Today is day one in Bangkok for two Kiwi celebrities learning about the plight of the children who fall into the hands of human-traffickers in Southeast Asia.

In the morning, the pair visit families in an urban slum area, where residents survive, but only just.

Many are being helped by Tearfund's local anti-trafficking partners who work to rescue and rehabilitate trafficking victims and prosecute offenders.

"The economic reality is that if a man comes along and says 'I can offer your daughter work in a bar or a restaurant' and you are hungry and you have debt and you want to look after your family, that seems like a good option," Bagust said.

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"But potentially it's a terrible option for your children."

Human trafficking is an organised criminal activity that uses deception, coercion and force to transport and harbour human beings for the purpose of exploitation.

According to Tearfund, the average age of victims trafficked into prostitution is 12 and people living below the international extreme poverty line (on $2.85 a day or less) are most vulnerable to being trafficked.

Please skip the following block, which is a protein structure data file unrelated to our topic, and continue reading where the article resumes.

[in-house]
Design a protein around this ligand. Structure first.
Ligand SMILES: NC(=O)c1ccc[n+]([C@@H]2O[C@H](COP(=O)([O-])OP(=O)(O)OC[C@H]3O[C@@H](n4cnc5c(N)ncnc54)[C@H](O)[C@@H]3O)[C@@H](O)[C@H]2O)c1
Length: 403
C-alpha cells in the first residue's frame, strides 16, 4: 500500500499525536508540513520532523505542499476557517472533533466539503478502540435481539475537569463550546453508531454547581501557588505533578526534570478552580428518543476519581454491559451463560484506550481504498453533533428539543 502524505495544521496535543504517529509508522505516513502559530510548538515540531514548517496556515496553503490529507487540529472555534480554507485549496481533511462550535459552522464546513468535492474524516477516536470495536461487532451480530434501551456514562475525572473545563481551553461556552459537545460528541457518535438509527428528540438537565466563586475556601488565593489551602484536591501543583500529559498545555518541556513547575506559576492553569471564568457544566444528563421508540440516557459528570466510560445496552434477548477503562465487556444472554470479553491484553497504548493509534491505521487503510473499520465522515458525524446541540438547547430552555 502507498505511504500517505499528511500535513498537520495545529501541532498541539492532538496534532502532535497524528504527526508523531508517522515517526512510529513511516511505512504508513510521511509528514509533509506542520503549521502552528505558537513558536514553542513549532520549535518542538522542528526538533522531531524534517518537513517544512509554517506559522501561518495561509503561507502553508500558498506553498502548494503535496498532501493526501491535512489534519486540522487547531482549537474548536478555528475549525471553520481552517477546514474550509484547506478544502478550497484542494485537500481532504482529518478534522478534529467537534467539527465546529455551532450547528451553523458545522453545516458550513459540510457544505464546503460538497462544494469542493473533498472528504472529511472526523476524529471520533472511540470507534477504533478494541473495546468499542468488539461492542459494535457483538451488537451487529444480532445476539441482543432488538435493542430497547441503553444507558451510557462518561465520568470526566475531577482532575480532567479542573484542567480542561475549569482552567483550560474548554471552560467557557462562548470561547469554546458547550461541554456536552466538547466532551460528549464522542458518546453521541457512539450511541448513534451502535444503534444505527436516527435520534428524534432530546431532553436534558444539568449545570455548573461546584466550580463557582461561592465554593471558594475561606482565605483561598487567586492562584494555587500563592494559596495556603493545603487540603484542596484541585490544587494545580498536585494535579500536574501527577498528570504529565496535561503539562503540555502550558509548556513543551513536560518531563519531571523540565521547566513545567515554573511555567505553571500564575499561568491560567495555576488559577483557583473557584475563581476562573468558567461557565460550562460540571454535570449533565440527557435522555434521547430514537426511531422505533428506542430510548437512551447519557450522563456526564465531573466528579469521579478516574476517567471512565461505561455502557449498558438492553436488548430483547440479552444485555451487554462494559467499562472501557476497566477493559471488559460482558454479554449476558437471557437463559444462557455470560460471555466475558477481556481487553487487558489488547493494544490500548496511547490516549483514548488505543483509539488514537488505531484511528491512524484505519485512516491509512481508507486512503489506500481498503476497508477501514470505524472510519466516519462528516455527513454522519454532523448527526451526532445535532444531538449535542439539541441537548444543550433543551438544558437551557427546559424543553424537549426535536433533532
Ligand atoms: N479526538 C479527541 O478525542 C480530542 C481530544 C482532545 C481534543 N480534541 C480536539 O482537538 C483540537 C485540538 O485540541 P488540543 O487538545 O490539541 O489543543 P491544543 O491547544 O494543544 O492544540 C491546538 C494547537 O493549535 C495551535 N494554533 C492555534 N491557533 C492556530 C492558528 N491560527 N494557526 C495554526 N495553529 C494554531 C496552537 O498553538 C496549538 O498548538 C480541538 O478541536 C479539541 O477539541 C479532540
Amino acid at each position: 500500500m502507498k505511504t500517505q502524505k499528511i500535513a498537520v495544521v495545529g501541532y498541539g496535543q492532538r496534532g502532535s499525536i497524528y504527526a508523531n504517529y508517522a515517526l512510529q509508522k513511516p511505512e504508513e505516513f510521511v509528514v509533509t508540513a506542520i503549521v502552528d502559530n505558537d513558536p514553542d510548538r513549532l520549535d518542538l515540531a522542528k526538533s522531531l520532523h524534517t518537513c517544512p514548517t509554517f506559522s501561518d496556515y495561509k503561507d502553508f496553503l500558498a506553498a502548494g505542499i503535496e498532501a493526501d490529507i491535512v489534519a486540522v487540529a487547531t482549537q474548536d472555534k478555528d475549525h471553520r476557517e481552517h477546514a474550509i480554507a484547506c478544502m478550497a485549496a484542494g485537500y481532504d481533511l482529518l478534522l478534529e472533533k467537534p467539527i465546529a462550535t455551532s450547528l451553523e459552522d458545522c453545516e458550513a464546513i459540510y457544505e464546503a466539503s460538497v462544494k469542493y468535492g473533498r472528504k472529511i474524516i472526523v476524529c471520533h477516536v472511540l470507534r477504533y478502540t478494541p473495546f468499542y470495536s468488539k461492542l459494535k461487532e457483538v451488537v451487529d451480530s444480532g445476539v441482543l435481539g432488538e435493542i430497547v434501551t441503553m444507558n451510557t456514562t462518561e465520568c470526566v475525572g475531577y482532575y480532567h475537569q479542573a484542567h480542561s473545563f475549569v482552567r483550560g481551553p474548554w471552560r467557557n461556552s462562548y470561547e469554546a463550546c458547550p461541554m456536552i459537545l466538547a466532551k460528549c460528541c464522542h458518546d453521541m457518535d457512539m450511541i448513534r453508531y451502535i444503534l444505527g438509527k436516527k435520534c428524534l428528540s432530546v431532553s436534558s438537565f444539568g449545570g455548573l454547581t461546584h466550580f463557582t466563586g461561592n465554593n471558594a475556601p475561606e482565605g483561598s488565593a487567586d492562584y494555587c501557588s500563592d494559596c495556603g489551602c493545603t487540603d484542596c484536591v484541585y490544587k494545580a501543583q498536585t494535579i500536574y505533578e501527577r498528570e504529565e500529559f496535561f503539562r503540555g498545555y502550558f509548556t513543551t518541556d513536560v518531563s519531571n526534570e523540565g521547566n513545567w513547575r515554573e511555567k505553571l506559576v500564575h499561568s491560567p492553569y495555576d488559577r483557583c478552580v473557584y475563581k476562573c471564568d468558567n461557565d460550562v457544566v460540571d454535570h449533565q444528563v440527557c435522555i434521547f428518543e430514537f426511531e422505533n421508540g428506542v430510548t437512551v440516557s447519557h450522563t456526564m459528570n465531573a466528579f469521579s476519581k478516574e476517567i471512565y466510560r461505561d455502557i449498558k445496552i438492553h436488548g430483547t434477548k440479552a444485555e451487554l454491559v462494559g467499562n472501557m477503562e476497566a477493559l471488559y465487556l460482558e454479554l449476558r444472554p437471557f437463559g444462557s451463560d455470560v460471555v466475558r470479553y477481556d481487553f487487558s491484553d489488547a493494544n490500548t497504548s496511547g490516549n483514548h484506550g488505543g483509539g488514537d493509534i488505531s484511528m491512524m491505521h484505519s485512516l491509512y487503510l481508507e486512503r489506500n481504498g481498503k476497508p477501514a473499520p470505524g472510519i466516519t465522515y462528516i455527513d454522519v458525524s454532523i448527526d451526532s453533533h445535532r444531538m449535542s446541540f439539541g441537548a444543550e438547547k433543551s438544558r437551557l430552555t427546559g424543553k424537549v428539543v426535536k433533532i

At the slum, seeing a family with a 9-week-old baby living in the shanty is an eye opener for Drent - he and his wife are just about to have another child of their own.

"We are just so fortunate. It's pretty confronting," he said.

Bagust said some of the conditions that family lived in was shocking. "Bathrooms that we would think were rubbish dumps."

In the evening, the pair followed some of Tearfund's partners around Bangkok's red light district in a mock investigation into trafficking.

Seeing the victims of trafficking being traded around bars as if they were a commodity rather than a person was horrible, Bagust said.

Drent said some of the women dancing in a bar were numbered. "It was just such a dehumanising experience, I found it was like they were just products that people came in and consumed."

Drent and Bagust are sharing daily video diaries of their journey with the Herald, ahead of their participation in Tearfund's Live Below the Line campaign which will see them eating on $2.85 a day from September 19 to 23 and raising money to fight human trafficking.

Kiwis can join Bagust and Drent by signing up at www.livebelowtheline.org.nz